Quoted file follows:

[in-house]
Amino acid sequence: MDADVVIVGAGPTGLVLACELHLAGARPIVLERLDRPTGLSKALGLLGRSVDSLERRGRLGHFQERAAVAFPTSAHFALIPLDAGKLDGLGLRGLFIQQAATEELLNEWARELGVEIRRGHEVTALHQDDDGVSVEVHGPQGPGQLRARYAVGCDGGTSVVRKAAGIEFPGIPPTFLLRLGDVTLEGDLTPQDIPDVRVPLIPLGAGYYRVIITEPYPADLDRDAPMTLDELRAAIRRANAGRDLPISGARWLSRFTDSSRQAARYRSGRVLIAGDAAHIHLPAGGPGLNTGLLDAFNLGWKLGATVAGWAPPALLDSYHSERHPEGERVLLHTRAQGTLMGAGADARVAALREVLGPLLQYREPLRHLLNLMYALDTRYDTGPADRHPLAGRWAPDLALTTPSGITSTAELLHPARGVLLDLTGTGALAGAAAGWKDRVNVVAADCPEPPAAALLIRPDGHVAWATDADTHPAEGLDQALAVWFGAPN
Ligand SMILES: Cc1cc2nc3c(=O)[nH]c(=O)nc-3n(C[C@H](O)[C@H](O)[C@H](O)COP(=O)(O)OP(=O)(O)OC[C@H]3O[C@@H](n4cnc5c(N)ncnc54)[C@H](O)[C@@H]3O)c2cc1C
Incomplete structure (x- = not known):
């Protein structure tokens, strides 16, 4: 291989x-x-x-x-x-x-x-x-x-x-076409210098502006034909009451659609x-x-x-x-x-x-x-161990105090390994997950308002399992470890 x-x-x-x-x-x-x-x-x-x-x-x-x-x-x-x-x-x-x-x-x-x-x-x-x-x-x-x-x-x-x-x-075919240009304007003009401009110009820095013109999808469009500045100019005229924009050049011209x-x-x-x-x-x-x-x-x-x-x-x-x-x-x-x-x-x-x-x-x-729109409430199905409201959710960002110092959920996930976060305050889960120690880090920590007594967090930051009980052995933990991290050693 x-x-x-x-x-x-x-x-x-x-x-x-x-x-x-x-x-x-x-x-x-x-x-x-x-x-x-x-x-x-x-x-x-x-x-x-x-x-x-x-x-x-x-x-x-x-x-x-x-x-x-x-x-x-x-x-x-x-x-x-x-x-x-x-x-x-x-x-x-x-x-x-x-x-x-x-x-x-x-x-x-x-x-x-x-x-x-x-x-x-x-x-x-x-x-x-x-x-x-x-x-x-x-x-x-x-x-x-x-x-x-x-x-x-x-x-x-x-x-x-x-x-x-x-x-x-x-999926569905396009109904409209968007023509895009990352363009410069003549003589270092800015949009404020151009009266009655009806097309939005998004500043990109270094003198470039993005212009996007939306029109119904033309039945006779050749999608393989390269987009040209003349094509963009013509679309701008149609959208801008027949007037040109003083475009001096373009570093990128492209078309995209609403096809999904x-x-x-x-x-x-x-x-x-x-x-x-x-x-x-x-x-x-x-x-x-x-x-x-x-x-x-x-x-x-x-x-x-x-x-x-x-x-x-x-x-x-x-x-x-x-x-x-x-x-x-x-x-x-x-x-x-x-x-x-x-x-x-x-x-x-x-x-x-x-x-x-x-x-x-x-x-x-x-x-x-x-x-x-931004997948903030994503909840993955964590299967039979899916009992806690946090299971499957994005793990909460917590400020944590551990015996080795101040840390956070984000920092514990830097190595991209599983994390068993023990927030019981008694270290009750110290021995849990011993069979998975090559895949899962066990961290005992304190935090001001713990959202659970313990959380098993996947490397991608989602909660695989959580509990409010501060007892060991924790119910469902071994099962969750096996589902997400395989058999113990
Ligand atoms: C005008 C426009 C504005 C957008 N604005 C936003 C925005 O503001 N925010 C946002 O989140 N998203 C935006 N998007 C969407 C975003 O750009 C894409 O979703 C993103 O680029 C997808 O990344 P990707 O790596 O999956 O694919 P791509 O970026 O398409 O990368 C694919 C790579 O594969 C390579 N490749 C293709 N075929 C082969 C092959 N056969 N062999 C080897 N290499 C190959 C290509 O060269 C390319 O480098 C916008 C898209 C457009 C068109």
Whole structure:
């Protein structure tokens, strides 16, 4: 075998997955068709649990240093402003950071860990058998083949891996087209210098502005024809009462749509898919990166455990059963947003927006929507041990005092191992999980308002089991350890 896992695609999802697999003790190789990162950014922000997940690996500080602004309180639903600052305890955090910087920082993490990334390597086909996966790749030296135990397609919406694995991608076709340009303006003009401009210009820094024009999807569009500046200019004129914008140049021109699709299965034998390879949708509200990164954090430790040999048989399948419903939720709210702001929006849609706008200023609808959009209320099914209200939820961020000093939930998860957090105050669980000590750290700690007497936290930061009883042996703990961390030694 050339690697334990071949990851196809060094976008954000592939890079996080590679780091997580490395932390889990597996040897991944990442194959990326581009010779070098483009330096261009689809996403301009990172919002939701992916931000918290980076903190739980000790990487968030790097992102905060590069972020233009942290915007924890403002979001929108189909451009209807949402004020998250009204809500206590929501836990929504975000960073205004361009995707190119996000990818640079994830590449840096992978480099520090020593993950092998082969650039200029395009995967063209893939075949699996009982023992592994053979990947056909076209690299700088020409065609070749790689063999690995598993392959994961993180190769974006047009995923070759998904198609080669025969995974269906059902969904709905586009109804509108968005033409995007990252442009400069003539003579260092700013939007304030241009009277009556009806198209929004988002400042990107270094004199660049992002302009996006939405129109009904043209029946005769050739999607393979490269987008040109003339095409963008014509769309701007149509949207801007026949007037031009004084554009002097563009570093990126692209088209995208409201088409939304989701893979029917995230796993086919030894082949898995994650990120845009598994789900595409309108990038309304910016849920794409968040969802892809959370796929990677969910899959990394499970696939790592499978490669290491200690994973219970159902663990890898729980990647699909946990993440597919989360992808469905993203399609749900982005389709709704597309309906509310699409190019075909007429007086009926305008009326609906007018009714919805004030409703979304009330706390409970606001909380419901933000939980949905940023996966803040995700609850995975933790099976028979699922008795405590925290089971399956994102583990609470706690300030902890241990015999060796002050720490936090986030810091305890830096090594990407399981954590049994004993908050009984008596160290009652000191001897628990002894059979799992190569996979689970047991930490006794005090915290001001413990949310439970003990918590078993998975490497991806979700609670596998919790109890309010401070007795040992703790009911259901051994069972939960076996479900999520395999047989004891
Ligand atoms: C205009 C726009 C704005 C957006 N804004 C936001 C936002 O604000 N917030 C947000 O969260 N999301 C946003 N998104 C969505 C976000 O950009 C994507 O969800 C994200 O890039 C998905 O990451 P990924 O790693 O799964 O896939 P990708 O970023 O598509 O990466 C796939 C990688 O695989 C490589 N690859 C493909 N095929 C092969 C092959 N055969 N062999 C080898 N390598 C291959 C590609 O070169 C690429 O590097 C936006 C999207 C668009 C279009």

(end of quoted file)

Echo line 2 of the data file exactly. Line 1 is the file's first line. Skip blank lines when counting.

Amino acid sequence: MDADVVIVGAGPTGLVLACELHLAGARPIVLERLDRPTGLSKALGLLGRSVDSLERRGRLGHFQERAAVAFPTSAHFALIPLDAGKLDGLGLRGLFIQQAATEELLNEWARELGVEIRRGHEVTALHQDDDGVSVEVHGPQGPGQLRARYAVGCDGGTSVVRKAAGIEFPGIPPTFLLRLGDVTLEGDLTPQDIPDVRVPLIPLGAGYYRVIITEPYPADLDRDAPMTLDELRAAIRRANAGRDLPISGARWLSRFTDSSRQAARYRSGRVLIAGDAAHIHLPAGGPGLNTGLLDAFNLGWKLGATVAGWAPPALLDSYHSERHPEGERVLLHTRAQGTLMGAGADARVAALREVLGPLLQYREPLRHLLNLMYALDTRYDTGPADRHPLAGRWAPDLALTTPSGITSTAELLHPARGVLLDLTGTGALAGAAAGWKDRVNVVAADCPEPPAAALLIRPDGHVAWATDADTHPAEGLDQALAVWFGAPN